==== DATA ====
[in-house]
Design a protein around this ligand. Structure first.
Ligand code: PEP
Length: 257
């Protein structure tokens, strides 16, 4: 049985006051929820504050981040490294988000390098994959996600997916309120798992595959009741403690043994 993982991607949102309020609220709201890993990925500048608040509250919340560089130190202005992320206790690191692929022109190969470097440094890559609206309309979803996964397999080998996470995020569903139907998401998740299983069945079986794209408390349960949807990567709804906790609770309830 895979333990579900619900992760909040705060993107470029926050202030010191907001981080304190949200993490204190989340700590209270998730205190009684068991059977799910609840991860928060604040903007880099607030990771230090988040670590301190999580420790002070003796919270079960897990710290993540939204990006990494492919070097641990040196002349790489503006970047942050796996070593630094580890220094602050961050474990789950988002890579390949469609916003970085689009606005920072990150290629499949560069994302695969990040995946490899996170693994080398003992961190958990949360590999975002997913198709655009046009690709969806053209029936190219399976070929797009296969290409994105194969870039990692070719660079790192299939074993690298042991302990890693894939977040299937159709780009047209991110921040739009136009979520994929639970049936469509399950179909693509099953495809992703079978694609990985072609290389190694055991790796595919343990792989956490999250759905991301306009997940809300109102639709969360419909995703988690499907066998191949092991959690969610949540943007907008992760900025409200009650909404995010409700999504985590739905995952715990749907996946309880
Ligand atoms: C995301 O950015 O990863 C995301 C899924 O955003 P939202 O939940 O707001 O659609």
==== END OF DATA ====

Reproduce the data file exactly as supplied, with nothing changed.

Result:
[in-house]
Design a protein around this ligand. Structure first.
Ligand code: PEP
Length: 257
């Protein structure tokens, strides 16, 4: 049985006051929820504050981040490294988000390098994959996600997916309120798992595959009741403690043994 993982991607949102309020609220709201890993990925500048608040509250919340560089130190202005992320206790690191692929022109190969470097440094890559609206309309979803996964397999080998996470995020569903139907998401998740299983069945079986794209408390349960949807990567709804906790609770309830 895979333990579900619900992760909040705060993107470029926050202030010191907001981080304190949200993490204190989340700590209270998730205190009684068991059977799910609840991860928060604040903007880099607030990771230090988040670590301190999580420790002070003796919270079960897990710290993540939204990006990494492919070097641990040196002349790489503006970047942050796996070593630094580890220094602050961050474990789950988002890579390949469609916003970085689009606005920072990150290629499949560069994302695969990040995946490899996170693994080398003992961190958990949360590999975002997913198709655009046009690709969806053209029936190219399976070929797009296969290409994105194969870039990692070719660079790192299939074993690298042991302990890693894939977040299937159709780009047209991110921040739009136009979520994929639970049936469509399950179909693509099953495809992703079978694609990985072609290389190694055991790796595919343990792989956490999250759905991301306009997940809300109102639709969360419909995703988690499907066998191949092991959690969610949540943007907008992760900025409200009650909404995010409700999504985590739905995952715990749907996946309880
Ligand atoms: C995301 O950015 O990863 C995301 C899924 O955003 P939202 O939940 O707001 O659609």